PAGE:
Vandana Shiva: Let me begin with the second one. It is necessary. This very short period in which countries and communities survived with centralised economy, they are all rendered disposable. All you have to do is to look at southern Europe. Beginning with 2010, half of the youth are unemployed. Look at Greece, pensions are taken away. Anything that could be taken to make money was taken away. How are the Greeks surviving today? By building local communities! Because whatever was created out of the European welfare system has been chopped. Today so many young people, who are unemployed, returned to their villages and they are creating local economies.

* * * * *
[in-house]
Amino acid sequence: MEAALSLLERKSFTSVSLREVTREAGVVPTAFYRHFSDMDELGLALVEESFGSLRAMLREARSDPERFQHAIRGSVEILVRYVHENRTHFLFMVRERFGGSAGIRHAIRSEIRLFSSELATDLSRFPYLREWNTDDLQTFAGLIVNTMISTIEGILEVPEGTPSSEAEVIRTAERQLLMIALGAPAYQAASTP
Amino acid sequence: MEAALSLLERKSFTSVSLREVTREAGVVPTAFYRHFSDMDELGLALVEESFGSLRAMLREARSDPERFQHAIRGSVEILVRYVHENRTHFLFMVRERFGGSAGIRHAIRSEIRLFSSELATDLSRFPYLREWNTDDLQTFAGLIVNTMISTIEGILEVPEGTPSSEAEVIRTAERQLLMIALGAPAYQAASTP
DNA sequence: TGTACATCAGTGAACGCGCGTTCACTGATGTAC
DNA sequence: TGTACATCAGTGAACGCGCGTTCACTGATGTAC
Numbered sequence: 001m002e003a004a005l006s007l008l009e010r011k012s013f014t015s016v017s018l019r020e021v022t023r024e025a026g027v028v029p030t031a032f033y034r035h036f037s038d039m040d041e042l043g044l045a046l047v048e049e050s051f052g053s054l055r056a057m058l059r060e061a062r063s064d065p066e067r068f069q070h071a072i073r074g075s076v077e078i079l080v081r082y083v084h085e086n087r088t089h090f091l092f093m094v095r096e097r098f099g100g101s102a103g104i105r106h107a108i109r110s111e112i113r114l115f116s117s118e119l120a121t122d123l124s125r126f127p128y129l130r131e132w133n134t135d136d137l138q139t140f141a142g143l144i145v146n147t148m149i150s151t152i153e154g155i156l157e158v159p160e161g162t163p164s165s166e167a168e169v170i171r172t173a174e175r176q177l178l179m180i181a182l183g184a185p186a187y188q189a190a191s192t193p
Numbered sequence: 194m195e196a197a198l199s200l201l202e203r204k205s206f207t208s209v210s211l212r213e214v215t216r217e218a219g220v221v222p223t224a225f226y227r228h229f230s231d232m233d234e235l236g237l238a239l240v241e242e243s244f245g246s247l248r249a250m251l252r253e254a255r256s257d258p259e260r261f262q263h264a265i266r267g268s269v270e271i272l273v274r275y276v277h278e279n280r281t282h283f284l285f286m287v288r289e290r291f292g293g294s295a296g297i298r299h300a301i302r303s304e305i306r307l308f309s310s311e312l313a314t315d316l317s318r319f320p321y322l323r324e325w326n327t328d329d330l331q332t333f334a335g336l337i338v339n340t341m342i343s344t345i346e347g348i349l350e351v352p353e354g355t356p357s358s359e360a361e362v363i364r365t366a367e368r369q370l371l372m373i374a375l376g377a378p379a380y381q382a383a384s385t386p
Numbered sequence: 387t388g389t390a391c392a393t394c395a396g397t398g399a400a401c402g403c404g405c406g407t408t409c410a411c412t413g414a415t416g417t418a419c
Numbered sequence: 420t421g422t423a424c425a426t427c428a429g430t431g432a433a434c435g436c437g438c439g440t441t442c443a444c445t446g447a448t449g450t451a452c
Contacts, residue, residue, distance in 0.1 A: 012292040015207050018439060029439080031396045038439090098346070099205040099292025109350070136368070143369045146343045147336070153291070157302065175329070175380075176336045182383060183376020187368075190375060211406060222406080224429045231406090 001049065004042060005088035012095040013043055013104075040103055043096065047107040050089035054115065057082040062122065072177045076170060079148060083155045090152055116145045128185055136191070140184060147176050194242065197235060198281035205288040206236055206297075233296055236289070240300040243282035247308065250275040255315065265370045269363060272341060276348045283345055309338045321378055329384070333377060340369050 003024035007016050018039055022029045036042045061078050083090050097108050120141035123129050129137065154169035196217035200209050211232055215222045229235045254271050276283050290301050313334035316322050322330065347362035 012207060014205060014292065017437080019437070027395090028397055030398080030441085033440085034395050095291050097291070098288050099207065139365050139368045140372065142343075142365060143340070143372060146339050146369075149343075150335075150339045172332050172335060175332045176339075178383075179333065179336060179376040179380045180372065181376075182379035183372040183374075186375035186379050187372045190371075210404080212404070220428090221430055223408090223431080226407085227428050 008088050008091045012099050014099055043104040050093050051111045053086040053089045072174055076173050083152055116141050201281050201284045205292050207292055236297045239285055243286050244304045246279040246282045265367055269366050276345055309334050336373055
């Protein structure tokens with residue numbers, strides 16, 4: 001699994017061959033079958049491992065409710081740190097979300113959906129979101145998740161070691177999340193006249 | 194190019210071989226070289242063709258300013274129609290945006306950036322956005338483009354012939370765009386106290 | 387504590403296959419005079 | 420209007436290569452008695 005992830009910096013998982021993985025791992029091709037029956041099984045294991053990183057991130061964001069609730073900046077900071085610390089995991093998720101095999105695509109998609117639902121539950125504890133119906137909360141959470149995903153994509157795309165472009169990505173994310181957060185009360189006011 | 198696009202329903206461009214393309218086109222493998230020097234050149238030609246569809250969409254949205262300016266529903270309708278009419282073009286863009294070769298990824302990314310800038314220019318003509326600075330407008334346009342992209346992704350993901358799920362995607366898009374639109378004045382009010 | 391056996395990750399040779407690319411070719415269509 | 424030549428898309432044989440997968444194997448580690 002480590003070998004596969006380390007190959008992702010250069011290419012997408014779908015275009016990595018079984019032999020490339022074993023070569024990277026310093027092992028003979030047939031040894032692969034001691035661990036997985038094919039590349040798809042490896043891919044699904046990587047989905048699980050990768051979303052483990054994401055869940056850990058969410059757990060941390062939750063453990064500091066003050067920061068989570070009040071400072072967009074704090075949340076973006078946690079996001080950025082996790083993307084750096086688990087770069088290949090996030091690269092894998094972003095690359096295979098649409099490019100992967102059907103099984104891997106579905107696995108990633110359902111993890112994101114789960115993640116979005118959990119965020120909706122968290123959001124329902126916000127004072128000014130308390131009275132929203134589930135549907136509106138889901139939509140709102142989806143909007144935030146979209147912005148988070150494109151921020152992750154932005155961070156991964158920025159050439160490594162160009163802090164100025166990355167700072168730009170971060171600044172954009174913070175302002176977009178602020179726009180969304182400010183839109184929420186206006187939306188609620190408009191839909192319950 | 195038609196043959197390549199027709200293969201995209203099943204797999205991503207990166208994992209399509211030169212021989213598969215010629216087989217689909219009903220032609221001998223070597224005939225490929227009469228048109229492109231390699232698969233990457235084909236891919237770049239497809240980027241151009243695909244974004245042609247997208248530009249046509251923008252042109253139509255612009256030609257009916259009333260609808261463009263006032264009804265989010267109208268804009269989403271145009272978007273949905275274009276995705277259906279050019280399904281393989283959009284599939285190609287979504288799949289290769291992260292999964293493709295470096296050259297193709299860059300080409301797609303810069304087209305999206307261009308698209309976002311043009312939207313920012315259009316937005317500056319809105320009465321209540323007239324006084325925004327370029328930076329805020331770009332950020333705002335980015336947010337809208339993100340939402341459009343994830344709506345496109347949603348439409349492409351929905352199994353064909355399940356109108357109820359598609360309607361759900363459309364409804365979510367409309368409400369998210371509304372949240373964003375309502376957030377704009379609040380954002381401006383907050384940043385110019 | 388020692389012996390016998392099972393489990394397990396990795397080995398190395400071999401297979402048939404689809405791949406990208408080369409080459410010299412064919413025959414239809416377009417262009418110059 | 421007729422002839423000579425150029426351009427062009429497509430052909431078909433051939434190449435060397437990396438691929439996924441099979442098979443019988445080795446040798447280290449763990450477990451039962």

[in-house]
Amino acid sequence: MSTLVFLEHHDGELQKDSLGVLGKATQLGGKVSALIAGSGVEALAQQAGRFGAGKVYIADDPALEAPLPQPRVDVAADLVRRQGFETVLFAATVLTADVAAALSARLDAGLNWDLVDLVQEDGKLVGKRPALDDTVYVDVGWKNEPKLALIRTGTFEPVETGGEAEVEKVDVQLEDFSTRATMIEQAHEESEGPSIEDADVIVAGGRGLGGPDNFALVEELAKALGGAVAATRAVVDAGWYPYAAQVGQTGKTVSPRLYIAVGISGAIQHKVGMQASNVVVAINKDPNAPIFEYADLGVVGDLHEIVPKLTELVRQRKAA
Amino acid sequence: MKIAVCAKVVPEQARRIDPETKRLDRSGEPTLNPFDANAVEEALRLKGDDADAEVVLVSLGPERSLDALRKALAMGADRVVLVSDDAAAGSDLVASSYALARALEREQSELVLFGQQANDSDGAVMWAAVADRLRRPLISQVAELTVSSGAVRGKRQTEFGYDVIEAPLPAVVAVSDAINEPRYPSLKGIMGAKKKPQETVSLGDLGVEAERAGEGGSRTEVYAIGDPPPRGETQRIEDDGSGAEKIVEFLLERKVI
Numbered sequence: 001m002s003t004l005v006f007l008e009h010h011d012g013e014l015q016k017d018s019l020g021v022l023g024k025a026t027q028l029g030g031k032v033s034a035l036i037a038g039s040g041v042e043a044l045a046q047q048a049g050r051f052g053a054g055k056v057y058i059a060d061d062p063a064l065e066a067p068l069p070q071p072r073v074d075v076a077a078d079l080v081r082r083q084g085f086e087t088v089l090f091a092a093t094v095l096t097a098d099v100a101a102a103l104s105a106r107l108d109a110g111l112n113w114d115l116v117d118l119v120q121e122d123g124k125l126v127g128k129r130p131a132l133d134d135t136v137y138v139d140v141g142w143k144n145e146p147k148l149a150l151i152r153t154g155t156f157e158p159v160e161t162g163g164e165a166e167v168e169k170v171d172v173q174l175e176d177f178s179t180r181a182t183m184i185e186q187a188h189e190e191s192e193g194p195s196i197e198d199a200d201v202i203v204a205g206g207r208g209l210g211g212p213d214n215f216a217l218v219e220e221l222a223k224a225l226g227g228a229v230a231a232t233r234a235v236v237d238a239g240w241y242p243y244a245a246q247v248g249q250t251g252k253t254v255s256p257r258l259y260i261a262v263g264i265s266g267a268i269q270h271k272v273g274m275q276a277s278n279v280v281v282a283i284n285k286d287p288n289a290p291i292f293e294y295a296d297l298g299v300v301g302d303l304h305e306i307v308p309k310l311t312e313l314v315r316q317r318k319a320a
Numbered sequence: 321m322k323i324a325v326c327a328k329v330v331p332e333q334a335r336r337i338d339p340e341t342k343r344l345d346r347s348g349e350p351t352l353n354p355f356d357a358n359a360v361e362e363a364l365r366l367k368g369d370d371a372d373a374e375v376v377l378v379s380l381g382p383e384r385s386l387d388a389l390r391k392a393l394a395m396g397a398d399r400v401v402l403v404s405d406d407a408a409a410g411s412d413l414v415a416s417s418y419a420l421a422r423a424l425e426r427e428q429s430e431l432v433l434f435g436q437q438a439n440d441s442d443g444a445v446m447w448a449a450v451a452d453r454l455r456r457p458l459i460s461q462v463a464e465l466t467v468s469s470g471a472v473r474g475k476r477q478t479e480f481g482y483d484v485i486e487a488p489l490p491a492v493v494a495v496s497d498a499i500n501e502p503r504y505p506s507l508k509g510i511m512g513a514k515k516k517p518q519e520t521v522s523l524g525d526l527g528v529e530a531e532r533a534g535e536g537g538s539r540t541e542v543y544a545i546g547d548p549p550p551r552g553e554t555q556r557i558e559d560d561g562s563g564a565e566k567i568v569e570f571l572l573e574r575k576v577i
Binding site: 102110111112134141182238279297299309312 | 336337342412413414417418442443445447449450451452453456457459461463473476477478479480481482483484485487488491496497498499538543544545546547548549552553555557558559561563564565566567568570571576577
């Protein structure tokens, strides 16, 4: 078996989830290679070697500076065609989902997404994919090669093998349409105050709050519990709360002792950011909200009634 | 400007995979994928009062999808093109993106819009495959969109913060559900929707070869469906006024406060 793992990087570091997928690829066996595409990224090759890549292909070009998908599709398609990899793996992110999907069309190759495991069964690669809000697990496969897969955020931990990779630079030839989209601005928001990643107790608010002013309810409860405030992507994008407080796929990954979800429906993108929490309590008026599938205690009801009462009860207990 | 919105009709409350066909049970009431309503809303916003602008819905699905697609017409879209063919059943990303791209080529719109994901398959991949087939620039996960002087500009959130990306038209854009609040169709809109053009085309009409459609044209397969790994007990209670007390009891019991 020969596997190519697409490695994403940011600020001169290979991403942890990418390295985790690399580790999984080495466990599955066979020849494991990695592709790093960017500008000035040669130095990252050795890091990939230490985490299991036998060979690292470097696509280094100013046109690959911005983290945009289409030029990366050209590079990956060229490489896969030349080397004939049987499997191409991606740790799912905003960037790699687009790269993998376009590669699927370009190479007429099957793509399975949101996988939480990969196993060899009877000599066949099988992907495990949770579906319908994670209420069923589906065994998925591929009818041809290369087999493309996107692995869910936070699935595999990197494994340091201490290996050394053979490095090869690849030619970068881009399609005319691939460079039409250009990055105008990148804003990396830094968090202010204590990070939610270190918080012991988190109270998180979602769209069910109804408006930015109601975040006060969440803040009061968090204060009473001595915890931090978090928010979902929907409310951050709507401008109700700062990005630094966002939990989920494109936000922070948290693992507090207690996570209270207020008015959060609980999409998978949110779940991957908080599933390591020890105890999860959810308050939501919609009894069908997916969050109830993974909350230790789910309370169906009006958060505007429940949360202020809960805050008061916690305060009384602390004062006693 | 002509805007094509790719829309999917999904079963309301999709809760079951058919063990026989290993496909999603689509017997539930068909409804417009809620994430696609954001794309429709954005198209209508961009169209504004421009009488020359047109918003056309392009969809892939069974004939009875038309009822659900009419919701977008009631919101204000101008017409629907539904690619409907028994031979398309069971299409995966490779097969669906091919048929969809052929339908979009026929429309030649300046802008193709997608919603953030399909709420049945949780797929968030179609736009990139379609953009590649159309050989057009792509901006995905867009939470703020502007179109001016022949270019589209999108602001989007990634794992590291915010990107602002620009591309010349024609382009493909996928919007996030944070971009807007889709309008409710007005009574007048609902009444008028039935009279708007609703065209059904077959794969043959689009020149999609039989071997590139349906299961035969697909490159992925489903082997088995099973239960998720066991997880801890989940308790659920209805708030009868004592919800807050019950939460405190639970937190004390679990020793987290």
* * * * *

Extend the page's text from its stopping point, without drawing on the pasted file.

So there are three things we need to join in this post-growth and post-collapse landscape: I just came back from a beautiful reserve in northeast India where they are trying to build a huge dam. Yet the local people are resisting. They have everything. At every meeting, these people dance. There is so much joy and abundance. Since they are full of diversity, their meals are also so diverse. So you got what I would call ‘pre-development communities’ on whom this horrible globalised development model hasn’t reached and they are the ones now being enclosed since that is where the new possibilities lie. The second point is that we think collapse has not yet happened but we can see ahead and say “enough, this is not a liveable world”. So your objective conditions do not force you to find an alternative but your solidarity with others (whether be it with the oceans, other communities or living beings) push you to find an alternative. And the third point is those who are brought to collapse.